Research shows that professional learning can have a powerful effect on teacher skills and knowledge, and on how well students learn. To be effective, however, professional learning for teachers needs to conducted in the ways that it is in many high achieving countries—continuously, collaboratively, and with a focus on teaching specific content to particular learners.
Studies of U.S. professional development show that a small minority of American teachers receive the kind of sustained, job-embedded professional development that research indicates can change teaching practice and improve student achievement. This brief looks at how high-achieving countries organize professional learning for teachers, and draws a set of policy lessons for the United States.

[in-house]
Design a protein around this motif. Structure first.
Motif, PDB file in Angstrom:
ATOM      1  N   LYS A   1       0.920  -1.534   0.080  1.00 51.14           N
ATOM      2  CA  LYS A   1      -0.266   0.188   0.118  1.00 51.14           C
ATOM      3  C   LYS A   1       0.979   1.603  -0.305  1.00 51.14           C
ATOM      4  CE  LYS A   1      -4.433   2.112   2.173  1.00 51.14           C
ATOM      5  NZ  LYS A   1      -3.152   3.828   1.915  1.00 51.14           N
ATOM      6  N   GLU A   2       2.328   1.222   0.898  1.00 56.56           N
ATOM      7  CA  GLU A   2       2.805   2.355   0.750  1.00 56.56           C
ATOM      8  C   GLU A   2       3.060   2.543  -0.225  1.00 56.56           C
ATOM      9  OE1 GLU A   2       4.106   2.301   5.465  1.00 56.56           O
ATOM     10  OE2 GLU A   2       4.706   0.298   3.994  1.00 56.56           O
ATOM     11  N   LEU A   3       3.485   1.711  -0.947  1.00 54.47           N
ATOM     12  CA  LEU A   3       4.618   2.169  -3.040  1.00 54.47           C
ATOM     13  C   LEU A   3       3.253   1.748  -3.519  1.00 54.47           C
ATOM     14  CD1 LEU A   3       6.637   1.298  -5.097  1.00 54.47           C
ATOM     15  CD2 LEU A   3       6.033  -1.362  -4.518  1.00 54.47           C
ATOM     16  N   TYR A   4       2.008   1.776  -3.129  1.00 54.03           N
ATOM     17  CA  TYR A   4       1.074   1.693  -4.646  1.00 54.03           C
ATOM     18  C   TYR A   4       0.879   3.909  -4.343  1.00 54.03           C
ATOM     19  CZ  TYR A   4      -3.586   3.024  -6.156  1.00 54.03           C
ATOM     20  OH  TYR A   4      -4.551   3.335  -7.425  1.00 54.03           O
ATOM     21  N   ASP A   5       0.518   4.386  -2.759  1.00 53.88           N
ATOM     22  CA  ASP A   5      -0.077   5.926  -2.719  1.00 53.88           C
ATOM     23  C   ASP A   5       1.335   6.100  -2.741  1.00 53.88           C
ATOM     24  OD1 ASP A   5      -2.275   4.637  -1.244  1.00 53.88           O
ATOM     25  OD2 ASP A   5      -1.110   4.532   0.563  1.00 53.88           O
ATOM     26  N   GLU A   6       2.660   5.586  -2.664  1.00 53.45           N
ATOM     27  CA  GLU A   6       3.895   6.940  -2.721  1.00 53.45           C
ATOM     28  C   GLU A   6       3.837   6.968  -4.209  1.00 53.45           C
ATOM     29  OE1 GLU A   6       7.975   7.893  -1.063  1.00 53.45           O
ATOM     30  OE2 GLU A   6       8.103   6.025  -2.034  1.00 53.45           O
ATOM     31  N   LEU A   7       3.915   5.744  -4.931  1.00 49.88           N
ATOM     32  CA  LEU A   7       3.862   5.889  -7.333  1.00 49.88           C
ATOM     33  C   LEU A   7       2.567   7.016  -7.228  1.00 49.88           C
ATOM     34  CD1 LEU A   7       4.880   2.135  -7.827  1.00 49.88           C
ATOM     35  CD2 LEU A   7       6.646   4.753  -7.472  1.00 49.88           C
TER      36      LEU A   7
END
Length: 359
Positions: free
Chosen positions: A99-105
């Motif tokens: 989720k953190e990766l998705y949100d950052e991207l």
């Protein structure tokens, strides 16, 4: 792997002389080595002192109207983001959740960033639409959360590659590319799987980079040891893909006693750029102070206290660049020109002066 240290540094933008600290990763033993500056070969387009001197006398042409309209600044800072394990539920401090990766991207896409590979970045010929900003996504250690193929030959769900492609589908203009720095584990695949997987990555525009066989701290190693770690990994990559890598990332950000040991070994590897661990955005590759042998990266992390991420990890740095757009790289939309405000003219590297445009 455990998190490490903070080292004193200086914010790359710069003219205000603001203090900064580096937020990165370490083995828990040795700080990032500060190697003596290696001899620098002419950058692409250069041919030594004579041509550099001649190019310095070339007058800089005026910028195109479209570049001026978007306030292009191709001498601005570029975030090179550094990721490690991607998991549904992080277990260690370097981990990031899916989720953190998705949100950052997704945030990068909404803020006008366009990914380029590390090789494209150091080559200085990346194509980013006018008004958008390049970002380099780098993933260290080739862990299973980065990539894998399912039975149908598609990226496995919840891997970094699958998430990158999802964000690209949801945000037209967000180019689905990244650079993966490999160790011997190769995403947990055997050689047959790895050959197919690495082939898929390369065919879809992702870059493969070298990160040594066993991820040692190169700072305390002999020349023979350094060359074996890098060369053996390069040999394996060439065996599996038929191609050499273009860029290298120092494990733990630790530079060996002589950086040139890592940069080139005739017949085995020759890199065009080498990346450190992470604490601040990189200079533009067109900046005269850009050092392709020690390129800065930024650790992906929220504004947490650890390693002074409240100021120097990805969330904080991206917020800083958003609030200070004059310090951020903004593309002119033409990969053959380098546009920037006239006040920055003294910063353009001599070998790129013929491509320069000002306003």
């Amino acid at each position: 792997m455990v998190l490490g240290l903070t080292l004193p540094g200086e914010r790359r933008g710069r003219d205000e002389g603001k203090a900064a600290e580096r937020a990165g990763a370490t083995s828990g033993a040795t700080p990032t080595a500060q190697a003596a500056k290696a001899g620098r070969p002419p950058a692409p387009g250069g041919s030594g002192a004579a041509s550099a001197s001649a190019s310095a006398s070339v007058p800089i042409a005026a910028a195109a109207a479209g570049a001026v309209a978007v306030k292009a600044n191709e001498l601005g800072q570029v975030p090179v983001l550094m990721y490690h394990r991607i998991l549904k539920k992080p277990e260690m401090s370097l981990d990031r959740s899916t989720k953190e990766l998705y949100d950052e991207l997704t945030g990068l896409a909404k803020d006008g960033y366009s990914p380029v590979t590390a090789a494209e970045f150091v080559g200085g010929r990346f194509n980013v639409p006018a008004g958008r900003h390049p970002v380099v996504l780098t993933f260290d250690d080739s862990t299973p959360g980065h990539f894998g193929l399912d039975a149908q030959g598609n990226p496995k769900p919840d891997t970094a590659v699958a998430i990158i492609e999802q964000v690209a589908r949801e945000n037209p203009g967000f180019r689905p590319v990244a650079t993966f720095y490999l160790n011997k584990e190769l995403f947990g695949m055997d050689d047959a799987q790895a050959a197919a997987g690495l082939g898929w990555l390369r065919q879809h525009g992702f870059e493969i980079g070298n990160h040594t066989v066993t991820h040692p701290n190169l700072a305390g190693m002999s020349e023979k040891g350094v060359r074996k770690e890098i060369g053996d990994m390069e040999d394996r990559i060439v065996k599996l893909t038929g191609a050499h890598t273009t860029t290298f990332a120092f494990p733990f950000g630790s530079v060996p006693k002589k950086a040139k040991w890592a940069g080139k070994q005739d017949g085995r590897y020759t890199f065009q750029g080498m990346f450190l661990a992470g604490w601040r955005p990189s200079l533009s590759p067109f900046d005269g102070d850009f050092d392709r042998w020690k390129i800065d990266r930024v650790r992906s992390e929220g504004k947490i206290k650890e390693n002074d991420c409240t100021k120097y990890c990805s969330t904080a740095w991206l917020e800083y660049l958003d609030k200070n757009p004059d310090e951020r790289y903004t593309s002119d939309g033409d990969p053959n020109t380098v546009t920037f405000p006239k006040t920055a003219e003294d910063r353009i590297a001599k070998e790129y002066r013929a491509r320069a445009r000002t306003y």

A new book, Global Education Reform: How Privatization and Public Investment Influence Education Outcomes, provides a powerful analysis of these different ends of an ideological spectrum – from market-based experiments to strong state investments in public education.